by Roderick Conway Morris

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Fitzwilliam Museum, Cambridge
Woman Reading in the Reeds, Saint-Jacut-de-la-Mer, by Édouard Vuillard, 1909

The Poetry of the Everyday

By Roderick Conway Morris
BATH 16 August 2019


'Why is it always in the familiar places that the mind and the sensibility find the greatest degree of genuine novelty?' wrote the 24-year-old Édouard Vuillard in one of the journals he had begun to keep as an art student. And indeed, while other painters roved the wider world in search of new subjects, it was familiar places that Vuillard was already making the focus of his art.

His early inspirations were the scenes of domestic life depicted by the 17th-century Dutch masters and the 18th-century French painter Chardin. His fascination with interiors was also shared by his fellow members of the Nabis (Prophets) group, Bonnard and Vallotton.

But Vuillard's domestic circumstances were unusual and his manner of capturing them utterly distinctive. Vuillard spent much of his life sharing apartments with his widowed mother and sister, both dressmakers, a seemingly narrow petit-bourgeois environment, yet one in which he found a wealth of inspiration. Among the most fruitful periods of his career were the 1890s and early 1900s, when the young artist was developing his vision and style, and this period is now the subject of a charming exhibition, curated by Chris Stephens, 'Édouard Vuillard: The Poetry of the Everyday.'

The world of Vuillard's small paintings is almost entirely populated with women. And his engagement with this world extends to sharing their love of rich dress fabrics and details of interior decoration, including wallpapers. The family moved seven times between 1887 and 1908, to different rented apartments, so Vuillard constantly encountered new settings to depict. Sometimes the effect of an abundance of varied patterns is almost overwhelming. But amusingly on occasion, in a picture of his sister here, for example, the merging of dress fabric and wallpaper, leads the sitter, as though camouflaged, almost to disappear into the background.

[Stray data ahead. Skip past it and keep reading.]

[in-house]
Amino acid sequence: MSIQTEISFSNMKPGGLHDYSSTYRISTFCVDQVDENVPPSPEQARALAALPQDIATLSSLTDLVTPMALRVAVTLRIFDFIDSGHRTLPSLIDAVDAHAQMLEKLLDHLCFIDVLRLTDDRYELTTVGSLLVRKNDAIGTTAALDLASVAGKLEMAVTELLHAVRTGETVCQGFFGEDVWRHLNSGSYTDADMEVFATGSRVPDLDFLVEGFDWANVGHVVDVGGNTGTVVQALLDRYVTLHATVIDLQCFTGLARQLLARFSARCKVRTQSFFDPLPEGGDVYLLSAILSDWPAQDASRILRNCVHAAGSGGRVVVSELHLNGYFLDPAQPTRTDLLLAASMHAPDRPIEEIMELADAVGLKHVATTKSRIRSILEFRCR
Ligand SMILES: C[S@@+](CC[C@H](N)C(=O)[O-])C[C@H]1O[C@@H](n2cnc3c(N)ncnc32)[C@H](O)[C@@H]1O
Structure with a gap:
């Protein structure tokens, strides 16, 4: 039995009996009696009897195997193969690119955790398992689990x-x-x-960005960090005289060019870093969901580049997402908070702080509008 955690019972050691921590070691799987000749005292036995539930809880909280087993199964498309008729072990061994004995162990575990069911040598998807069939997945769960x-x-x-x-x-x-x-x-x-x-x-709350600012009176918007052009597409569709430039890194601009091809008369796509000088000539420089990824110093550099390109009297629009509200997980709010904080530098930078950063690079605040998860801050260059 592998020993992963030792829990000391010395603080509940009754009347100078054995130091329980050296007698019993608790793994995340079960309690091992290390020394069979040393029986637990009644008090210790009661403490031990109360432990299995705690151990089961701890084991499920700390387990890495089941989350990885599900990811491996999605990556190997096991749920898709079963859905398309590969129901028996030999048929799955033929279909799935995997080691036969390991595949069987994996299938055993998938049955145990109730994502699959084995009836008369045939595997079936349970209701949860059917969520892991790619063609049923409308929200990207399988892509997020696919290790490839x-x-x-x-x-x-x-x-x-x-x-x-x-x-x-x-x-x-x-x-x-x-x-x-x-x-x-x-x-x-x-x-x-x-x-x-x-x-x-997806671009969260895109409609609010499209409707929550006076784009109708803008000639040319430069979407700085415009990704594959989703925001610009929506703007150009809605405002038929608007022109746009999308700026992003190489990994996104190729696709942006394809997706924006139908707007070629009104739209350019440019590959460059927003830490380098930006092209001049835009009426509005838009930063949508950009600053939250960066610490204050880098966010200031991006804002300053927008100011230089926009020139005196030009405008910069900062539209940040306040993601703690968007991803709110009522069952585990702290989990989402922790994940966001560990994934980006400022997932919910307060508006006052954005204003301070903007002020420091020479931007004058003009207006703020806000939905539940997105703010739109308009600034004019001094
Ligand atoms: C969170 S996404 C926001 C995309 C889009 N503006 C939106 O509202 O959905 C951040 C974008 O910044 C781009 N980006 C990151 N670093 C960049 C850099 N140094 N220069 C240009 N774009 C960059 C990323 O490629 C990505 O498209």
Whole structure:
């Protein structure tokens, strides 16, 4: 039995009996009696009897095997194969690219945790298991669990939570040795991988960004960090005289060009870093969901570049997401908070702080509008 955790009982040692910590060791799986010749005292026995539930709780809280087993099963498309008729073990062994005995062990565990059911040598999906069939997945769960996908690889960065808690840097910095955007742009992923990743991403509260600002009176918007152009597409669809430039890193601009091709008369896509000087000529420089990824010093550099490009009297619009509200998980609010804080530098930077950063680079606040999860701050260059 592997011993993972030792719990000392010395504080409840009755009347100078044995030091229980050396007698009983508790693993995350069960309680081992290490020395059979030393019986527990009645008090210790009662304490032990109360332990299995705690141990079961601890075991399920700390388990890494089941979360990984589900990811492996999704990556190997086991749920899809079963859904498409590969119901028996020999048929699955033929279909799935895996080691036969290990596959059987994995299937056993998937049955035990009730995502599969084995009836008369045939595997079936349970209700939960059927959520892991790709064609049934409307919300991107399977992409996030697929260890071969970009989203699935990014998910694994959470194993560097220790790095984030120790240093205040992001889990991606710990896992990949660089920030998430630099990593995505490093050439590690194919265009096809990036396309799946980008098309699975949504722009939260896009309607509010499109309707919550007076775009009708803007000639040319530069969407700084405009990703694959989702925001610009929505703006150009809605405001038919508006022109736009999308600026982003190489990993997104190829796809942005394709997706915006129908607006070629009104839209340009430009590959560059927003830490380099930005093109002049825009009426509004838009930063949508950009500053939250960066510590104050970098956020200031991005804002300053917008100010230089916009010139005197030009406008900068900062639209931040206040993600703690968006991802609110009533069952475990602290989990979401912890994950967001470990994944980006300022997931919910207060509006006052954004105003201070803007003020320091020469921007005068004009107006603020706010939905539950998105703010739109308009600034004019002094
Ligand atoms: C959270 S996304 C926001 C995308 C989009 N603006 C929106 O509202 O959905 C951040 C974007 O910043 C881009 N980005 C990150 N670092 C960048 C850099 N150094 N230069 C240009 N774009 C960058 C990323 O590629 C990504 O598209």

Vuillard's decorative talents soon led to his being recruited for work in the theatre, painting scenery and designing costumes and programmes. And his sensibilities were ideally attuned to an exciting new age in drama, when the latest works of Ibsen and Strindberg, with powerful female characters playing central roles, were being premiered in Paris. At the same time, Vuillard's own paintings often took on an intriguing theatrical air, both in subject matter and lighting effects.

The artist never married but had many close women friends. He was taken up by leading figures in the art world, some of whose wives became models and muses, among them Lucy Hessel, wife of his dealer. The Hessel family invited Vuillard to share family holidays in Normandy and Brittany and one of the most charming mementoes of these is of Lucy: 'Woman Reading in the Reeds, Saint-Jacut-de-la-Mer'.

Édouard Vuillard: The Poetry of the Everyday; Holburne Museum, Bath;

24 May -15 September 2019

First published: The Lady

© Roderick Conway Morris 1975-2023